Thursday, September 06, 2007

Who Wins in the Housing Bust?


Frequent contributor Albert T. has often alerted us to below-the-radar factors--for instance, the Basel II banking regulations which are roiling global financial markets just as he predicted over a year ago:
Basel II, Risk and Leverage (July 11, 2006).

For just one example of Basel II's effects, take the smaller German banks which are taking huge losses in U.S. subprime-related losses: Banking bother .

Albert has a new line of inquiry:


Right now I am trying to answer one question... Who won in the housing bust?

1. Small banks. Since I am more or less constantly look for jobs lately I notice several odd things: A lot of credit officer / credit analyst training programs and entry-level positions in small banks in my area. Which is making me think they are having a boom. And the reality is they probably offloaded all their garbage to big banks who preferred to repackage securities.

2. Prudent homeowners who sold out. The prudent homeowner whom toiled away and paid for the house he could afford for a decade or two until he sold it to the bubble junkie supplied by the neighborhood dealer (broker).

3. Everyone on the other side of the losses/trade. The figure I am thinking of is not 200 billion but closer to 1.5 trillion if we take the last 3-5 years of loans and discount all ARMs and exotics by 20 cents and normals by 10 cents we come to something around 1.5 trillion of losses (transfers) since there is always the other side.

4. Domestic banks. I am guessing at least half of these transfers are borne by foreigners in some way. The other half is carried by our biggest banks and brokers who are going to slowly digest it over the next 3-5 years unless they get a handout to accelerate the process.

The benefit of our banks as opposed to others is two-fold: on the one hand they have no currency risk and the Fed can supply liquidity at will, on the other the winners are probably depositors as well so their liabilities (deposits) bulk up against the banks assets (bad loans) and allow the aggregate income to eat away at them. Although some foreign banks probably benefit as well due to having large operations here which makes it easier for them to survive the upcoming shock.

5. Buyers of bank assets after the banks fail. Shock is probably when the income stream begins to dry up from the asset sheet (ergo MBS securities, etc...) when the net flow payments turns negative there will huge upheaval (but probably prior to that those banks will be dissected and bought up with bad parts left to fail and the large loss taken by the govt or populace (which is more or less the same thing).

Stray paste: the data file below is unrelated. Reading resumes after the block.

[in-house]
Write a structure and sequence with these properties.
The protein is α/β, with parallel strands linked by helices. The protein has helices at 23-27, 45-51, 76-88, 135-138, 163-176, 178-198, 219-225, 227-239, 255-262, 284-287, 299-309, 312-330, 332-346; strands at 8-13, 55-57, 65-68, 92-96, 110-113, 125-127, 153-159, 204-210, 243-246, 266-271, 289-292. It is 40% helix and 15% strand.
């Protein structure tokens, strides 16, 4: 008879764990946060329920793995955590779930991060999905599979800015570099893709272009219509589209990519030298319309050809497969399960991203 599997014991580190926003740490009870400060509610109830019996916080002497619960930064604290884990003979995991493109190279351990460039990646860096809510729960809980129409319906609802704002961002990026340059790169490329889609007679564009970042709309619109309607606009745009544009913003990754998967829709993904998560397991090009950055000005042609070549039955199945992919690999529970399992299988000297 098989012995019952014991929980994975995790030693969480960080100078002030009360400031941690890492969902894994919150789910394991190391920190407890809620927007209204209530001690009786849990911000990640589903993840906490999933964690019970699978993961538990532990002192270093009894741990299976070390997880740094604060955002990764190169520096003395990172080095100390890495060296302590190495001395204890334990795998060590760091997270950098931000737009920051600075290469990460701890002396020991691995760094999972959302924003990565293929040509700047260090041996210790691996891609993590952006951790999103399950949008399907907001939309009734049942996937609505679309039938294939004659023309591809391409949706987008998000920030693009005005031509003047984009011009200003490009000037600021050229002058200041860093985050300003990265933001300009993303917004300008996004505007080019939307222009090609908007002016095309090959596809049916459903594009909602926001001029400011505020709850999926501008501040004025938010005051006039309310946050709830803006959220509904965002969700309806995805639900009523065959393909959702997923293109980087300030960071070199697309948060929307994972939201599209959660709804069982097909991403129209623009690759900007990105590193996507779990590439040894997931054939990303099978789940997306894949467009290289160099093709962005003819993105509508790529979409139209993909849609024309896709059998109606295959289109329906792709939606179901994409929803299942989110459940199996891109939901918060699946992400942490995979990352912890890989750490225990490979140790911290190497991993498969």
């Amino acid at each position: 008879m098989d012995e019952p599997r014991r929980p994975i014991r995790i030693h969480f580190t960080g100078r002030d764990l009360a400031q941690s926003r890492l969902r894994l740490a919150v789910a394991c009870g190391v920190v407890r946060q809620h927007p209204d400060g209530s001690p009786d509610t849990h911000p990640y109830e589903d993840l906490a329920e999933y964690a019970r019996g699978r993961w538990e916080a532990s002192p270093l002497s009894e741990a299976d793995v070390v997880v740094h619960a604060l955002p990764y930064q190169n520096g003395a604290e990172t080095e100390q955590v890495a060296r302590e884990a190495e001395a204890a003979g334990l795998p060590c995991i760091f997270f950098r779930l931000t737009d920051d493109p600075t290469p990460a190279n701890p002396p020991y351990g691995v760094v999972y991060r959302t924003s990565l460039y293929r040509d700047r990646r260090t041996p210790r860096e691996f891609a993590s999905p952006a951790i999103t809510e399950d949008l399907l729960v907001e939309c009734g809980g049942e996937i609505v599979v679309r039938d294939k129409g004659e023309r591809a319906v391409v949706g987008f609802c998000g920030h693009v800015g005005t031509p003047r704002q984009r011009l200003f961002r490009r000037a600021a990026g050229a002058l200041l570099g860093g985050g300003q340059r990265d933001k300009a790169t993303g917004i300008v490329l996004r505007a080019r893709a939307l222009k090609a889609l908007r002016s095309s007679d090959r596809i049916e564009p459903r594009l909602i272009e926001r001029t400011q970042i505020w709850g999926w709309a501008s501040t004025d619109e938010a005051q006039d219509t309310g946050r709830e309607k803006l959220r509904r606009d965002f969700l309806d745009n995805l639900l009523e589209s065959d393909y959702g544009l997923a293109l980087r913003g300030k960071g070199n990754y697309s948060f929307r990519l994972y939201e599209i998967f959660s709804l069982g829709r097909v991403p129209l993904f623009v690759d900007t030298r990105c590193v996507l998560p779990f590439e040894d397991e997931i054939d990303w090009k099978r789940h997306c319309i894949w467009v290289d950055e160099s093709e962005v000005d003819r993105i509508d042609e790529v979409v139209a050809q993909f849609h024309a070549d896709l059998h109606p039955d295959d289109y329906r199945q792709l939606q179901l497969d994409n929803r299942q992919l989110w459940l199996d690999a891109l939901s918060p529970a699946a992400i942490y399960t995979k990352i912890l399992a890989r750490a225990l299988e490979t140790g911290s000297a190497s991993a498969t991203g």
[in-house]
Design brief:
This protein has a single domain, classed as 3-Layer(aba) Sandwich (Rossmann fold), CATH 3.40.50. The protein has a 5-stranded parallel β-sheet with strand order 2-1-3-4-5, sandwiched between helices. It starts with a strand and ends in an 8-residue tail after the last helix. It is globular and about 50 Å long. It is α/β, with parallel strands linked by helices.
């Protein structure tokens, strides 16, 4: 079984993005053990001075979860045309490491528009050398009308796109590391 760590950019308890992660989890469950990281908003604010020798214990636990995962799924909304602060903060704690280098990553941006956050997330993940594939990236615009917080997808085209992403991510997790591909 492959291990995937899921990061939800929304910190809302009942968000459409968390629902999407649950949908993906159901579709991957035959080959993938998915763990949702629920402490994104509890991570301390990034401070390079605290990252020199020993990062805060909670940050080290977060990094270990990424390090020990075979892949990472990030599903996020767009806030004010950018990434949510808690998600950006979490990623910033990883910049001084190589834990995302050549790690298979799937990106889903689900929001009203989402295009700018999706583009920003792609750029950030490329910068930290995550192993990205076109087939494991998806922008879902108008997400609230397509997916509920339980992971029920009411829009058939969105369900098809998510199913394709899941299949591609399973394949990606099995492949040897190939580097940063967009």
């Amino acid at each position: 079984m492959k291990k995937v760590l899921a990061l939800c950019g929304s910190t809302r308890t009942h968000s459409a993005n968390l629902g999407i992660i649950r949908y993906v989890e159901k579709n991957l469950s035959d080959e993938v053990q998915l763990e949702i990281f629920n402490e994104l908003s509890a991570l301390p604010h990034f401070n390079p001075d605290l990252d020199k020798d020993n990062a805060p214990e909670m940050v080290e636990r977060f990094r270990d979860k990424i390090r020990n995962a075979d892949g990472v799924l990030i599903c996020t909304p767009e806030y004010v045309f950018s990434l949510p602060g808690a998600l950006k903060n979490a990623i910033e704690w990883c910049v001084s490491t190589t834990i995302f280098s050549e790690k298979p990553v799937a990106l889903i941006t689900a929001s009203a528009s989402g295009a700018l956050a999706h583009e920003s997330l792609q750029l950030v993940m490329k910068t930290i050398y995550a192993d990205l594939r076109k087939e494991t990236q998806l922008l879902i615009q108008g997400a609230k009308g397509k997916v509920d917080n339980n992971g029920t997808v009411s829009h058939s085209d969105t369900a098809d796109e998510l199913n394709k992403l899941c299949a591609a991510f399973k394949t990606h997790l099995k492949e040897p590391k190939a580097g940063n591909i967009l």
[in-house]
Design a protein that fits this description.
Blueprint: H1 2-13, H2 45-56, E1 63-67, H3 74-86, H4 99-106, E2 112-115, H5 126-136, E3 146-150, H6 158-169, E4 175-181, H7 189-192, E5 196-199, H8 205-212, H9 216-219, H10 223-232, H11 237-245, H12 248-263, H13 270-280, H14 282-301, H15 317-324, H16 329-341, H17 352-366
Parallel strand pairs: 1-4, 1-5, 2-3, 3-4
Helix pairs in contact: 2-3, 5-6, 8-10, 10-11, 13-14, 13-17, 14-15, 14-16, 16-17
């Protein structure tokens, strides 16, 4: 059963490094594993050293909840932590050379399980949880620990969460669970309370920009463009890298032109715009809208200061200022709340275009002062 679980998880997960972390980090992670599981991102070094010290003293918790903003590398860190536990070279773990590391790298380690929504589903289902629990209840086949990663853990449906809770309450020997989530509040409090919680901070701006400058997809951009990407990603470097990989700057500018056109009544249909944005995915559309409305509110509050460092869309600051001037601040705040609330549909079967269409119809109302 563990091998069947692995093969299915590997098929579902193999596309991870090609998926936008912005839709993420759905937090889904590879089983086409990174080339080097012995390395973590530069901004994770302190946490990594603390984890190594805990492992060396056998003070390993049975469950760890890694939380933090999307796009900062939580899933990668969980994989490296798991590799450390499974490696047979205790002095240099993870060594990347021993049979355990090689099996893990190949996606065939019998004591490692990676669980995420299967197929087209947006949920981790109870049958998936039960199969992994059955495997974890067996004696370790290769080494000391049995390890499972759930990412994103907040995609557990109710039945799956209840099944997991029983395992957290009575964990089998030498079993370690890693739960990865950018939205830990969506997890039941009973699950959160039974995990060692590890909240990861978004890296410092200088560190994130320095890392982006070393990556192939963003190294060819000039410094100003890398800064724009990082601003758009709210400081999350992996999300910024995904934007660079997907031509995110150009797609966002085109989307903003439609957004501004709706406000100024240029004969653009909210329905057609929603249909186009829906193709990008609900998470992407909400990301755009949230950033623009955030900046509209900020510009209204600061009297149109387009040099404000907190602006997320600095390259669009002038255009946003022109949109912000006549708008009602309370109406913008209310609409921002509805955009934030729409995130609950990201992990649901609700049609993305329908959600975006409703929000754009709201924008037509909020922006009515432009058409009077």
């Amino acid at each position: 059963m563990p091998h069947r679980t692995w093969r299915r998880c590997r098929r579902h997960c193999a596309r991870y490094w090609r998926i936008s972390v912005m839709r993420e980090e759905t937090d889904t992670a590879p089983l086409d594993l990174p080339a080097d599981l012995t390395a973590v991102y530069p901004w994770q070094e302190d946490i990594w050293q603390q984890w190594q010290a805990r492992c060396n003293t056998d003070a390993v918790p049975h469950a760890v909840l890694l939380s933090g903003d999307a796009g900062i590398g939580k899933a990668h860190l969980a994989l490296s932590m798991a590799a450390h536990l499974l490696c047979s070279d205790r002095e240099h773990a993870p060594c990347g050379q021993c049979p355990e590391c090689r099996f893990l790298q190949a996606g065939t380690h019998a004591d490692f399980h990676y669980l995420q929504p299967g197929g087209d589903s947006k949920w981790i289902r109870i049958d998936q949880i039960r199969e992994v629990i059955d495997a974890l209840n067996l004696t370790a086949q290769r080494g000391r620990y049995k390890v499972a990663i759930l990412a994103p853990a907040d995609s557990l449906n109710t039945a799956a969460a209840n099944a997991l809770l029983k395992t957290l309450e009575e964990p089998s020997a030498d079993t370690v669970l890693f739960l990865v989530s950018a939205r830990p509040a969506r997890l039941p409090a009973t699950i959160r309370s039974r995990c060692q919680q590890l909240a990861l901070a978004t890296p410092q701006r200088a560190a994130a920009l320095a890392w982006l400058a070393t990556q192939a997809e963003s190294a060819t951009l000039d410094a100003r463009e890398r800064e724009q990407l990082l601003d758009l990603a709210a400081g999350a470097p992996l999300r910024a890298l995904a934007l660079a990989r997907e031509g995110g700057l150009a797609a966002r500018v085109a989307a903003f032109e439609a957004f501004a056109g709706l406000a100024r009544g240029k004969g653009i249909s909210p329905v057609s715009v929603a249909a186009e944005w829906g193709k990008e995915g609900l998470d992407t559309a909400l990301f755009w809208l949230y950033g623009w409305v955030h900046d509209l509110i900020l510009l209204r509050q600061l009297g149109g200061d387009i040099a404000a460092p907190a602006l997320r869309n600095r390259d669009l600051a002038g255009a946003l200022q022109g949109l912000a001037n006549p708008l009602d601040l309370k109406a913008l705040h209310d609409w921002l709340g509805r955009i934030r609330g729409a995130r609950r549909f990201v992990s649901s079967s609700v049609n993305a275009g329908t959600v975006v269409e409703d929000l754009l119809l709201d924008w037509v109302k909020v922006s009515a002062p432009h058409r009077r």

Freddie Mac's net drops 45% on provisions .

6. Society at large. perhaps we all win once we get to reality and property stops being the objective of people and be all and end all social status. perhaps we will focus on a different set of things once full collapse of housing prices is in order.

7. Re-Ordering of employment to the public good. perhaps unwinding of risks and their slow digestion will benefit us in the long run somehow although udnoubtedly a lot of suffering will occur. I am sure there will be lots of job cuts in big brokerages & banks once losses start coming in. it might perhaps trigger some of those smart people to start businesses. if you search right now any job site with the word "quantative" there will be a zillion hits with offers from every financial firm out there but maybe those people would serve better as math teachers, engineers, physicists, etc... since that is whom they look to for quant analyst candidates.

Thank you, Albert, for a stimulating review of upsides to the housing bust. Although some may doubt that small banks and credit unions might prosper in such troubled times, I know from conversations with executives in a small, locally-owned and operated midwest bank and a Virginia-based credit union that they have virtally no exposure to subprime or derivative losses. As old-fashioned as it sounds today, they write their own mortgages and hold them as assets. Since they planned on holding the debt, they were careful in their assessments of value and risk when originating the mortgages. What a concept, eh?

I leave you with a chart which depicts the dire straits we face as a nation of borrowers and lenders:



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